Saturday, September 8, 2012

Habs: Quantifying each player's short-handed contribution

This post will focus on multiple short-handed statistical categories. It will show how each returning Canadiens player performed while short-handed during the 2011-12 season.

Graphs shown include:

-Short-handed defensive-rating
-Successful short-handed defensive plays per-minute
-Successful short-handed puck-possession plays per-minute
-Short-handed tendencies with the puck in the defensive-zone
-Short-handed blocked shots per-minute played
-Short-handed intercepted opposition passes per-minute played
-Short-handed puck-battles won per-minute played
-Short-handed loose-puck recoveries per-minute played
-Short-handed dump-outs per-minute played

The Montreal Canadiens had the second-best penalty-killing unit in the NHL during the 2011-12 season. Mathieu Darche and Hal Gill are not included here, but were huge parts of the PK success last season. Also not included here are newcomers Brandon Prust and Francois Beauchemin, who should contribute to the Habs PK unit this season.



SHORT-HANDED DEFENSIVE-RATING

This graph represents each player's success-rate when engaging in short-handed plays that require them to remove or acquire puck-possession from the opposition. Events tracked in this percentage include such defensive-zone plays as; puck-battles, loose-puck recoveries, blocked passes, blocked shots, and successful stick-checks. Expressed more simply, the players with higher ratings were more successful when engaging in plays attempting to get the puck away from a player on the other team.

This rating can be skewed by low event totals. As we see, two of the leaders (St. Denis and White) have far fewer short-handed events than many of their teammates. Among those with substantial minutes we see both Josh Gorges and Raphael Diaz leading the defensemen, while Lars Eller and Tomas Plekanec led the forwards.

 SUCCESSFUL SHORT-HANDED DEFENSIVE-PLAYS PER-MINUTE PLAYED

This graph represents how many times per-minute of short-handed ice-time each player is able to remove or acquire puck-possession from the opposition in the defensive-zone. Plays used in this calculation include; puck-battles, loose-puck recoveries, blocked passes, blocked shots, and successful stick-checks.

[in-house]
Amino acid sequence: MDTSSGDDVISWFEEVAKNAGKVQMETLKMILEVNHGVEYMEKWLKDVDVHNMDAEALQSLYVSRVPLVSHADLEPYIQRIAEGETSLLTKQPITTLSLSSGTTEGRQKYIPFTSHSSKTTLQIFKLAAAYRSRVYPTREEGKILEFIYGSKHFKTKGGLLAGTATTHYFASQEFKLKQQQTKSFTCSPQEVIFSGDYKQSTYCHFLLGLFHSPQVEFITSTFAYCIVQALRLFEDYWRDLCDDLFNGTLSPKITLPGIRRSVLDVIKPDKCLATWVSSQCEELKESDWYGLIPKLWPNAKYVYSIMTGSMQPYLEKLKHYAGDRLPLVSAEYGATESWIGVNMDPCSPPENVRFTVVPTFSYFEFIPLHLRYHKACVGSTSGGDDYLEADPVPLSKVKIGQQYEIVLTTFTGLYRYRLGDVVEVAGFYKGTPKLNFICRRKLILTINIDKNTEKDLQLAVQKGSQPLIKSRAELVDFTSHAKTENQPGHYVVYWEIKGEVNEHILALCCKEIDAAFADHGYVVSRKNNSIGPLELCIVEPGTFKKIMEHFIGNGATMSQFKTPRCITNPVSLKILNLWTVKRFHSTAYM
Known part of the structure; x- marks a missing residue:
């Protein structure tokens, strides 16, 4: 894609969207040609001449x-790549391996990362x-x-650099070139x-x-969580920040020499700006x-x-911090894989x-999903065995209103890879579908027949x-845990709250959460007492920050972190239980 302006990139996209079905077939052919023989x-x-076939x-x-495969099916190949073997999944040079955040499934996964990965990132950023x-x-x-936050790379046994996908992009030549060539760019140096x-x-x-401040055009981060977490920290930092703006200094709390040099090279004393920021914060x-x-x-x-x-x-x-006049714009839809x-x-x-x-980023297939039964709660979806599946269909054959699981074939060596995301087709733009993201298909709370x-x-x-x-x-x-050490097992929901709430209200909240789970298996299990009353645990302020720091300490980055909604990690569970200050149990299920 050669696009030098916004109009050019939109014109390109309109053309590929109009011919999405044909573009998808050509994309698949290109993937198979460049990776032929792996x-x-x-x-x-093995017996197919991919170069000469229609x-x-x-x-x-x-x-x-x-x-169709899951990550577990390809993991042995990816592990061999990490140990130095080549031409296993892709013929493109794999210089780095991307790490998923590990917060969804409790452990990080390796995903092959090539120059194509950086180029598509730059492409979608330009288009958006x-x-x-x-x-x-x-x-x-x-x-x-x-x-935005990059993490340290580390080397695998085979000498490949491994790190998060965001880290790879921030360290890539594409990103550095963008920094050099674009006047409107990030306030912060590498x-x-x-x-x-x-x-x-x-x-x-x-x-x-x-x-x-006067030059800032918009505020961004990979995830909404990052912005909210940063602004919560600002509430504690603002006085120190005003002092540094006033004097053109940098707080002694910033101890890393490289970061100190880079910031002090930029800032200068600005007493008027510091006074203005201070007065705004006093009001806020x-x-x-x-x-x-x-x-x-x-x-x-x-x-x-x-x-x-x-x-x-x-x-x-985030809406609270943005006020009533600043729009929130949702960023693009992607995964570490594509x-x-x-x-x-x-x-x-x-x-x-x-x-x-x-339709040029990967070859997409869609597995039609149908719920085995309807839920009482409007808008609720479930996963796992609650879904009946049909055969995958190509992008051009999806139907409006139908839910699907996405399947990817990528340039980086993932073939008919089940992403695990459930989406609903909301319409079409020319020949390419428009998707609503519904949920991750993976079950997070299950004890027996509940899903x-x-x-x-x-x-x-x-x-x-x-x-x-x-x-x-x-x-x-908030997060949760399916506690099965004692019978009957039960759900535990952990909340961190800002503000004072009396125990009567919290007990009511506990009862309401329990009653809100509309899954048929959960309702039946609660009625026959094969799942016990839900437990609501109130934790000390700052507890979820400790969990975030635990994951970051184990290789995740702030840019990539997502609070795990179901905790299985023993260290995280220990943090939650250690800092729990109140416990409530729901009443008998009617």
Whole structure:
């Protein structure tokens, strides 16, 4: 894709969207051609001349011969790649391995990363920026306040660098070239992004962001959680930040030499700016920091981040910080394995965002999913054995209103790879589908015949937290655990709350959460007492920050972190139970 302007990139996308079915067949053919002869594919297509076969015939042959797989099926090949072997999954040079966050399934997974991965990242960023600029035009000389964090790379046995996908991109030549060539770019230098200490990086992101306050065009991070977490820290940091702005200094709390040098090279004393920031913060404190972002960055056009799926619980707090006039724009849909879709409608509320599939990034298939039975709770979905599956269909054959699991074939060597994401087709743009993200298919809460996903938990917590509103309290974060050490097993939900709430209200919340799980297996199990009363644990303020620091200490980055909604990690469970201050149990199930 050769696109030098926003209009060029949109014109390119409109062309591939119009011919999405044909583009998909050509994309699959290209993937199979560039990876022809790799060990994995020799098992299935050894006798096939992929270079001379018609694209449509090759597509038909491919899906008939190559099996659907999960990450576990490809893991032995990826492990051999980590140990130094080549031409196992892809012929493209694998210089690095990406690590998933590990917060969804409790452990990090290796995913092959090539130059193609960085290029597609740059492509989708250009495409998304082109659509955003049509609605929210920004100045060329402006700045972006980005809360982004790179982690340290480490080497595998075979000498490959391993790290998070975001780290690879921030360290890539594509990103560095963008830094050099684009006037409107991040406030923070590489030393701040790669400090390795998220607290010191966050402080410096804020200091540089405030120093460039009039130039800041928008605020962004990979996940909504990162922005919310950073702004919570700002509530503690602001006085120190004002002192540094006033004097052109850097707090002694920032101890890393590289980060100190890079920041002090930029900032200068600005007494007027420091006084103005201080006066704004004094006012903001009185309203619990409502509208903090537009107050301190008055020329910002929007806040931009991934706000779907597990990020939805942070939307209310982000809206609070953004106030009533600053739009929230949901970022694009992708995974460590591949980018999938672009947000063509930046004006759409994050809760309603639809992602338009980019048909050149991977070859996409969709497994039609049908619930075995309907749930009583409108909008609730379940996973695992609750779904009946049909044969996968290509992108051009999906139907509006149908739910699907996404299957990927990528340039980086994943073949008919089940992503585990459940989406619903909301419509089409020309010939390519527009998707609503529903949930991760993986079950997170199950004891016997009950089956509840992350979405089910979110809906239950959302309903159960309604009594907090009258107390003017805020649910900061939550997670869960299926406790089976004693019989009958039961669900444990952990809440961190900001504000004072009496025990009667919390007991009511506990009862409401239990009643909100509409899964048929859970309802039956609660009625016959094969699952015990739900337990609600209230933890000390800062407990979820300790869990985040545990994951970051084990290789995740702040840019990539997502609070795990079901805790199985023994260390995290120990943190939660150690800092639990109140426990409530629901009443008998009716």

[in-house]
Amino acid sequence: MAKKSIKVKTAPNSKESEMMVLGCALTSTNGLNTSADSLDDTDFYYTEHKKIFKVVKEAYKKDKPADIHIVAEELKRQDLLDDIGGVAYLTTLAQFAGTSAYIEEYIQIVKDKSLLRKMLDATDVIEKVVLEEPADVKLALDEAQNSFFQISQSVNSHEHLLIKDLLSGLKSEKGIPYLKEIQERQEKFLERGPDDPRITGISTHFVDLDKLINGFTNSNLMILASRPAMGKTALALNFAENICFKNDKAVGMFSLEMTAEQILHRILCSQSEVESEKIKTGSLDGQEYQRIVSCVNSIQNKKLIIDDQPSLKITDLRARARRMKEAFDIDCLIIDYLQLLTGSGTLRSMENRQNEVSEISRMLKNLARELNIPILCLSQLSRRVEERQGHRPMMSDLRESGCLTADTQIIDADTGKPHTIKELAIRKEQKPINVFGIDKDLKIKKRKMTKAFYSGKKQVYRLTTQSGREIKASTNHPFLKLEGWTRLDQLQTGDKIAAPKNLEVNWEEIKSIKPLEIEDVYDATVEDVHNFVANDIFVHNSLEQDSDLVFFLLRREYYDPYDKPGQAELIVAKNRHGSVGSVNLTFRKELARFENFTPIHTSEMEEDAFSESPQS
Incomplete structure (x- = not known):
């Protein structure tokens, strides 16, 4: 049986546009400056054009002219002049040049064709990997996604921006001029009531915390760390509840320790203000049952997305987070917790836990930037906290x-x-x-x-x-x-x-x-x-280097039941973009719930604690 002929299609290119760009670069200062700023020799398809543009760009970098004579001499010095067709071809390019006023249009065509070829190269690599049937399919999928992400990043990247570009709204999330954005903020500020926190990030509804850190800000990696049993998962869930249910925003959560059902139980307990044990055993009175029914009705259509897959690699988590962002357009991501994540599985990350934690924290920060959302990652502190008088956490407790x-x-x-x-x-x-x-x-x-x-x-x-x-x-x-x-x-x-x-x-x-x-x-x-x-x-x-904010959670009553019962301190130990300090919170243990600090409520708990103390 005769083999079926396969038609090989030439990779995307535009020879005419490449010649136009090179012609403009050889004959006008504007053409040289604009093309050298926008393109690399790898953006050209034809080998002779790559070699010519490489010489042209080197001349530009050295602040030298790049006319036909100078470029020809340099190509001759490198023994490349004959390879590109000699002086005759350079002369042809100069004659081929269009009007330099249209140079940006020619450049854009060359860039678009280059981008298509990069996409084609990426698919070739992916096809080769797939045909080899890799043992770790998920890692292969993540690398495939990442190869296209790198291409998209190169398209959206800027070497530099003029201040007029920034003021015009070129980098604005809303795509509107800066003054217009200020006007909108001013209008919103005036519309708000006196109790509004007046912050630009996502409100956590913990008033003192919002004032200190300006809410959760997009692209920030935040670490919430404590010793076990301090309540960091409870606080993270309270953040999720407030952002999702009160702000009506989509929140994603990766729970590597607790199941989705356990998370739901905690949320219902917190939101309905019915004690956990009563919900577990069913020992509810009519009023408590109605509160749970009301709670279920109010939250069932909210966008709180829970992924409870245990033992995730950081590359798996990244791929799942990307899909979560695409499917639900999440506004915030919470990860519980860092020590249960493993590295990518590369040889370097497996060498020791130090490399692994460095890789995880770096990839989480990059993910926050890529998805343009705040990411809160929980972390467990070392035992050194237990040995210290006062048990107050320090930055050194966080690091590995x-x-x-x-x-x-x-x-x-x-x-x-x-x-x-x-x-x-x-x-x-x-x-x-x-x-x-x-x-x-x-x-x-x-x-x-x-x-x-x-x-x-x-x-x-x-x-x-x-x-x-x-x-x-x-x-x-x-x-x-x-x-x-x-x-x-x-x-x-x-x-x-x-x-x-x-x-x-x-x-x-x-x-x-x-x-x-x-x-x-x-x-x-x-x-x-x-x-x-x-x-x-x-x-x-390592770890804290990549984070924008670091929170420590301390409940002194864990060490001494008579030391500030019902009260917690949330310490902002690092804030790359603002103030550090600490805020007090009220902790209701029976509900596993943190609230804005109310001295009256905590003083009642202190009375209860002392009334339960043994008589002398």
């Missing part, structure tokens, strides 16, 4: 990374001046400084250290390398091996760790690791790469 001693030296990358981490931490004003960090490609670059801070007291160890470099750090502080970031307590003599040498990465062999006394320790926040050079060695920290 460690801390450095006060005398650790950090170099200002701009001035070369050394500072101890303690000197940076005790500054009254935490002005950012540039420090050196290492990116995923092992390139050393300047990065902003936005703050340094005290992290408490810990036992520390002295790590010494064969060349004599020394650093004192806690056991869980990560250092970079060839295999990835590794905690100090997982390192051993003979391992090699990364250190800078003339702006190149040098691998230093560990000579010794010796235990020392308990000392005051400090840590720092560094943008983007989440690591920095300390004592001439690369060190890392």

In relation to ice-time, Diaz removed or acquired puck-possession from the opposition more often than any other player. Most surprising, is that his number was higher than Gorges. Among forwards, David Desharnais averaged the most successful short-handed defensive-plays. Other forwards with high totals include; Brian Gionta and Lars Eller.

At the other end of the spectrum, both Tomas Plekanec and PK Subban's totals per-minute were lower than expected.


 
SUCCESSFUL SHORT-HANDED PUCK-POSSESSION PLAYS PER-MINUTE PLAYED

This graph represents how many successful plays each player makes per-minute of short-handed ice-time (once they have acquired puck-possession). The higher the number, the more often that player either successfully dumps the puck out of the defensive-zone, successfully passes the puck to a teammate, or beats an opposing player 1on1 with a deke. 

Once the puck is on his stick, Subban makes more successful plays per-minute than any other player. Other players with high numbers include Yannick Weber, Diaz and Brian Gionta.

Rene Bourque and David Desharnais made the least amount of successful plays with the puck among players with substantial PK ice-time.




SHORT-HANDED TENDENCIES WITH POSSESSION IN DEFENSIVE-ZONE